Peter Robinson’s first collection of short crime fiction to be published in Canada spans his writing career and reveals his impeccable grasp of both mystery and suspense writing. The sixteen stories are set in places as far flung as Inspector Alan Banks’s turf in Yorkshire, Robinson’s own neighbourhood in Toronto, and in Los Angeles and Florida. They also reach back in time: to 1873 to an utopian milltown in northern England in 1873, to Thomas Hardy country in 1939, and to a small Yorkshire town during the Second World War.
The collection also includes a novella, featuring Robinson’s celebrated sleuth Inspector Banks. Going Home is a chilling yet profoundly moving tale of just how hard it can be to visit one’s elderly parents, even for only a few days.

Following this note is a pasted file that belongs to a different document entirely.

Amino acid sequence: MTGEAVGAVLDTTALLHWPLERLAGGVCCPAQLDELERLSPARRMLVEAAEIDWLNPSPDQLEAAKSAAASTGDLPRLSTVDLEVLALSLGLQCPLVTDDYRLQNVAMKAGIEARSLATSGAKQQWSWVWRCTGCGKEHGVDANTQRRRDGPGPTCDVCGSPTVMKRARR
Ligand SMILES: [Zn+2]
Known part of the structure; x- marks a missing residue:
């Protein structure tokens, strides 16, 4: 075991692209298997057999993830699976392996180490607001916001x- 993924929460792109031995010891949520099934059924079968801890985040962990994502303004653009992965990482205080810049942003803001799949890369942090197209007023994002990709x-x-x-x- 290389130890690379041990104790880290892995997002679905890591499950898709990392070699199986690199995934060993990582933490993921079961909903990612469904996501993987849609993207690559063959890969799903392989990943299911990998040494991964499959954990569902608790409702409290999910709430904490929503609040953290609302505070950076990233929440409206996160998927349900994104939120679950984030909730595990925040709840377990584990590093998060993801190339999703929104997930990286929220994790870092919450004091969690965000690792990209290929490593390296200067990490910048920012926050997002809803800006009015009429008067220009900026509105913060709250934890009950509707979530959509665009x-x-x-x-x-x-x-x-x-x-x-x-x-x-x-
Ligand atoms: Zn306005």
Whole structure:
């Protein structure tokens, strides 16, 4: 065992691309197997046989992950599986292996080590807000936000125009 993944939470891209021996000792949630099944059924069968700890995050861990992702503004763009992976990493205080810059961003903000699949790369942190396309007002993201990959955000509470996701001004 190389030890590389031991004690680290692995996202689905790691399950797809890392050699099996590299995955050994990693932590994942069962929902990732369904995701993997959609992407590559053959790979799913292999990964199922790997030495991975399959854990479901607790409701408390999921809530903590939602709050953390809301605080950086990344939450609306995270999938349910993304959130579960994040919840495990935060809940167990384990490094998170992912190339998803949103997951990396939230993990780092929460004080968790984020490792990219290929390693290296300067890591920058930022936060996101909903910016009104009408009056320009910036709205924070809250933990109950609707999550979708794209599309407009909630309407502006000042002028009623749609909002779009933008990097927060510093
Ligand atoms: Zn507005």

Four of the stories have won awards: ‘Innocence” won the Crime Writers of Canada Best Short Story Award in 1991, and “The Two Ladies of Rose Cottage” won the Mystery Readers International’s Macavity Award in 1998 and wasnominated for both the Agatha and Arthur Ellis awards. “Murder in Utopia” won Robinson his fifth Arthur Ellis Award in 2001, the same year that “Missing in Action” won the Edgar Award.